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Photo by Phil Corso
By Phil Corso

From fryer to fuel, students at Dartmouth College rolled through Douglaston last week to show off their eco-friendly Big Green Bus converted to run on waste vegetable oil.

They joined with members of biofuel companies American By-Products and A&L Recycling, which donated more than 300 gallons of waste vegetable oil to keep the wheels turning through the group’s drive across the country to engage public discussion on environmental responsibility.

“We are very excited to be a part of all this,” said Kelly McGlinchey, one of the 11 students along for the ride. “It is an honor to see so many people show an interest in what we are doing.”

The parking lot at Northern Boulevard’s Alley Pond Environmental Center was filled last Thursday evening with sightseers, city officials and even representatives from the New York Mets to be a part of the Big Green Bus’ only city stop.

The environmental sanctuary in Douglaston, at 228-06 Northern Blvd., helped reel the bus into Queens through Kelly McGlinchey’s cousin and APEC Registrar Elizabeth McGlinchey.

“Alley Pond is very proud and pleased to host these students as they move along in their journey,” said Irene Scheid, executive director for the environmental center. “It is a brilliant illustration of what we have to hope for. If we teach an appreciation of the environment, hopefully the next generation will take better care of it than we did.”

Borough President Helen Marshall sent along a proclamation declaring June 14 Alley Pond Environmental Center’s Big Green Bus Day in Queens, while City Councilman Ruben Wills (D-Jamaica) presented APEC and the retrofitted bus with city citations.

“These guys are doing a great thing,” said Todd Magee, co-owner of American By-Products. “They are showing the world how we can solve some of the country’s biggest problems by reducing our dependency on foreign oil.”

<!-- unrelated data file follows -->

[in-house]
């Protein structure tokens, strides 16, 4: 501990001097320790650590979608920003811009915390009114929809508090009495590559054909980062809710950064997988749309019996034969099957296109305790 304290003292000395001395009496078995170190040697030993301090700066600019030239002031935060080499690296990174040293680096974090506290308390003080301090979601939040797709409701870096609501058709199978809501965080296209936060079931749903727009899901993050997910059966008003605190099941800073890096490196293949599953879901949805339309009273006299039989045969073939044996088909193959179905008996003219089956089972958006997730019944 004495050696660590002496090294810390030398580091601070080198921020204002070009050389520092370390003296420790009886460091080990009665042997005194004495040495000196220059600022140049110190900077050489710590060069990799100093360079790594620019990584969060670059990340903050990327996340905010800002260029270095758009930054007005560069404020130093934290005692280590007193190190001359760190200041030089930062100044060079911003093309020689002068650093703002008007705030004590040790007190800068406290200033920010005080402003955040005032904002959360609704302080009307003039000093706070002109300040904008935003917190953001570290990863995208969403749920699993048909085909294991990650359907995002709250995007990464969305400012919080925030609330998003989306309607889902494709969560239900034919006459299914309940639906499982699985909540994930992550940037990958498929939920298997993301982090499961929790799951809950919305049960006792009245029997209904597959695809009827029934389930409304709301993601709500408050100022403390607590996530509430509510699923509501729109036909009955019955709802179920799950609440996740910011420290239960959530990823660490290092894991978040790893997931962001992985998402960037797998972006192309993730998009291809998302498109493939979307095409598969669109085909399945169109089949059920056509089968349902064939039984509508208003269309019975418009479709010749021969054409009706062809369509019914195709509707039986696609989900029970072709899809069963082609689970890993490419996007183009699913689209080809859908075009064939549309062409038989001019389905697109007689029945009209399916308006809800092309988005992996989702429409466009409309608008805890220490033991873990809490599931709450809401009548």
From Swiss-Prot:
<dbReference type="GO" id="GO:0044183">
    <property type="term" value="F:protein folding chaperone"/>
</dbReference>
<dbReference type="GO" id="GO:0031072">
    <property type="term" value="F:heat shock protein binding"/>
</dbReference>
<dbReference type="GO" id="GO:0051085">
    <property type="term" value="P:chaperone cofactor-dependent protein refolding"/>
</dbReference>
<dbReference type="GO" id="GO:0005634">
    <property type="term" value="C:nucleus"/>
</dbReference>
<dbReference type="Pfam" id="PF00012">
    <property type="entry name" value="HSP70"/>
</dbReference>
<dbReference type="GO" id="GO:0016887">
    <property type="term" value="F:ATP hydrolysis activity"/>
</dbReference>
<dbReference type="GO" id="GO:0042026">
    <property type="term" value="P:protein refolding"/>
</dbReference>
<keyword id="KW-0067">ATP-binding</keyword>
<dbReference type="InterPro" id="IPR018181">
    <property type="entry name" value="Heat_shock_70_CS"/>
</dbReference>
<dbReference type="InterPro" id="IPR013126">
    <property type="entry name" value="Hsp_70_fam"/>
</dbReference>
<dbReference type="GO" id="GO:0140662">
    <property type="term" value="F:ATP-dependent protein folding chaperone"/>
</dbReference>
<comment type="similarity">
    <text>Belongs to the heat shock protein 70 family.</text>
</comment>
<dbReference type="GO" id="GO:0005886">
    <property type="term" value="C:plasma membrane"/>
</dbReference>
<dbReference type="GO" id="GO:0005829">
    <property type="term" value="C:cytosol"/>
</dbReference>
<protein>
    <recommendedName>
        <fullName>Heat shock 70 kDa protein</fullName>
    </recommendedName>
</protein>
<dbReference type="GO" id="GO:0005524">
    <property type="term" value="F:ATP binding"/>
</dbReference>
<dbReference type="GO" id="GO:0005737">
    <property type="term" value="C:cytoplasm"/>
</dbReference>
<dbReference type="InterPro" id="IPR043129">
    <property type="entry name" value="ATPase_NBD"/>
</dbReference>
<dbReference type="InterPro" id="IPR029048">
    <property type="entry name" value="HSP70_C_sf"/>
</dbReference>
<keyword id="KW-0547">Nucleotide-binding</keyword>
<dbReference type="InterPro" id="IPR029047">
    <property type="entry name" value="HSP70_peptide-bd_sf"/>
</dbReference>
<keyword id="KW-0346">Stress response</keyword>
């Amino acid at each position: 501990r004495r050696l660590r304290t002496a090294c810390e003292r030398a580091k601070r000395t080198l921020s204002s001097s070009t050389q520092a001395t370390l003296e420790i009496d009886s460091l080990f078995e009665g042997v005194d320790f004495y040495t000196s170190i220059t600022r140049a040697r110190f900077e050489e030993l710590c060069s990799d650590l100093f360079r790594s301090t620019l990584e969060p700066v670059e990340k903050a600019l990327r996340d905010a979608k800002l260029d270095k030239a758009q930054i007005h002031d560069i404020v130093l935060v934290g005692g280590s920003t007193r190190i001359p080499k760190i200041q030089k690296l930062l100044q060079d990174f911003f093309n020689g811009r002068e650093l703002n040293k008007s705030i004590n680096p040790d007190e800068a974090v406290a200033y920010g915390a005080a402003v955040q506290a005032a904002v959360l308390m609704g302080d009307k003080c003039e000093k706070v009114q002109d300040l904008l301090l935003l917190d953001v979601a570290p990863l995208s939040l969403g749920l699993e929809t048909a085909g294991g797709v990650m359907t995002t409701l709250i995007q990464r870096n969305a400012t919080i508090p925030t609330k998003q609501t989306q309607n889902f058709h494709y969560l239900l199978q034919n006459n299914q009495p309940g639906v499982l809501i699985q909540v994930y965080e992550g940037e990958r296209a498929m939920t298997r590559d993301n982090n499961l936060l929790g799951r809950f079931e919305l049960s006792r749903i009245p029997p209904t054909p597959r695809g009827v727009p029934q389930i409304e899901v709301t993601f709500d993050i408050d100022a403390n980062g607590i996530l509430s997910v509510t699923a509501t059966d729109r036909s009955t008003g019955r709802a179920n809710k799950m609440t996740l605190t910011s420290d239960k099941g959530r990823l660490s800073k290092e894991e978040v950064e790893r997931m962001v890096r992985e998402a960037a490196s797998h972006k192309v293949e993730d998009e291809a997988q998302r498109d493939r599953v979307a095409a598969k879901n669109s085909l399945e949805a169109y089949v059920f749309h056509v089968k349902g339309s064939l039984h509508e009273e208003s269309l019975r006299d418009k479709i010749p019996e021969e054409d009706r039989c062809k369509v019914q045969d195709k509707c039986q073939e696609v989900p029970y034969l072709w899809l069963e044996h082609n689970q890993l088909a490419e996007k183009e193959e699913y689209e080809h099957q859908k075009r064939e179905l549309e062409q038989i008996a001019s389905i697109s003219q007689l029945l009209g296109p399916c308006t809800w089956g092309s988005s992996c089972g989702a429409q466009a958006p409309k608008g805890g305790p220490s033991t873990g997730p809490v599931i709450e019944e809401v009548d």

The bus was donated by Greyhound and transformed into a sustainable living space from recycled table tops to solar panels to provide electricity.

American By-Products buys discarded cooking oil from several area eateries throughout the city and converts it into the finished product. The group donated nearly 160 gallons to the bus last week.

Rob MacKay, of the Queens Economic Development Corp. and the Queens Tourism Council, said the students made the right choice in rolling through Queens to pass along their message.

“This is really for the benefit of Queens,” MacKay said. “It only keeps getting better because of efforts like these.”

Representing the Mets, Executive Vice President of Business Operations Dave Howard and Director of Venue Operations Tyrel Kirkham joined with their partners in A&L Recyclers to celebrate both the students’ efforts and the hefty waste vegetable oil donation.

“This is almost a no-brainer,” said Tim McGlinchey, general manager of the Courtyard Marriott near John F. Kennedy International Airport. “It gets people involved and makes a statement.”

The Courtyard Marriott helped facilitate the event by working with APEC, the Dartmouth students and the waste management companies to refuel the Big Green Bus.

Reach reporter Phil Corso by e-mail at pcorso@cnglocal.com or by phone at 718-260-4573.

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